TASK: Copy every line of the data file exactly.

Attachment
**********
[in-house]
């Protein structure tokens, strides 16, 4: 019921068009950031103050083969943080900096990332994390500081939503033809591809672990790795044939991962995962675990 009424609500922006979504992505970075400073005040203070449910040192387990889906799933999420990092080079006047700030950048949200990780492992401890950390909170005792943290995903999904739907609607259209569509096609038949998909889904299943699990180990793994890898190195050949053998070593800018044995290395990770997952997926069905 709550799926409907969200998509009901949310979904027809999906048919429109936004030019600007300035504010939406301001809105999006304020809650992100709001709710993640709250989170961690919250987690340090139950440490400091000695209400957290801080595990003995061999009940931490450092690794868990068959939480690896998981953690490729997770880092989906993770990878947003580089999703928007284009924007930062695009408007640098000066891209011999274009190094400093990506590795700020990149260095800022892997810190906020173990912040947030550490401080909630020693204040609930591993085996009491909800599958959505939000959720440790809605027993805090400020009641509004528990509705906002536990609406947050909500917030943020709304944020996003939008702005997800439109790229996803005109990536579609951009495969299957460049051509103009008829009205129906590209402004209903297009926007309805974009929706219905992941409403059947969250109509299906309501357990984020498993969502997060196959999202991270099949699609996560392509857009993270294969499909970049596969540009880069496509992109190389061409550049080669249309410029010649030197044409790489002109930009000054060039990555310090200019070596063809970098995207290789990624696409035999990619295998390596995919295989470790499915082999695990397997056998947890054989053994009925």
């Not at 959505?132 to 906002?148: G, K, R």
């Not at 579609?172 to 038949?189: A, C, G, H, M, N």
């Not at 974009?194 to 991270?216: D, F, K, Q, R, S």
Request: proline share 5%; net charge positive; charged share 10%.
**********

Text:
[in-house]
């Protein structure tokens, strides 16, 4: 019921068009950031103050083969943080900096990332994390500081939503033809591809672990790795044939991962995962675990 009424609500922006979504992505970075400073005040203070449910040192387990889906799933999420990092080079006047700030950048949200990780492992401890950390909170005792943290995903999904739907609607259209569509096609038949998909889904299943699990180990793994890898190195050949053998070593800018044995290395990770997952997926069905 709550799926409907969200998509009901949310979904027809999906048919429109936004030019600007300035504010939406301001809105999006304020809650992100709001709710993640709250989170961690919250987690340090139950440490400091000695209400957290801080595990003995061999009940931490450092690794868990068959939480690896998981953690490729997770880092989906993770990878947003580089999703928007284009924007930062695009408007640098000066891209011999274009190094400093990506590795700020990149260095800022892997810190906020173990912040947030550490401080909630020693204040609930591993085996009491909800599958959505939000959720440790809605027993805090400020009641509004528990509705906002536990609406947050909500917030943020709304944020996003939008702005997800439109790229996803005109990536579609951009495969299957460049051509103009008829009205129906590209402004209903297009926007309805974009929706219905992941409403059947969250109509299906309501357990984020498993969502997060196959999202991270099949699609996560392509857009993270294969499909970049596969540009880069496509992109190389061409550049080669249309410029010649030197044409790489002109930009000054060039990555310090200019070596063809970098995207290789990624696409035999990619295998390596995919295989470790499915082999695990397997056998947890054989053994009925």
């Not at 959505?132 to 906002?148: G, K, R």
């Not at 579609?172 to 038949?189: A, C, G, H, M, N």
């Not at 974009?194 to 991270?216: D, F, K, Q, R, S």
Request: proline share 5%; net charge positive; charged share 10%.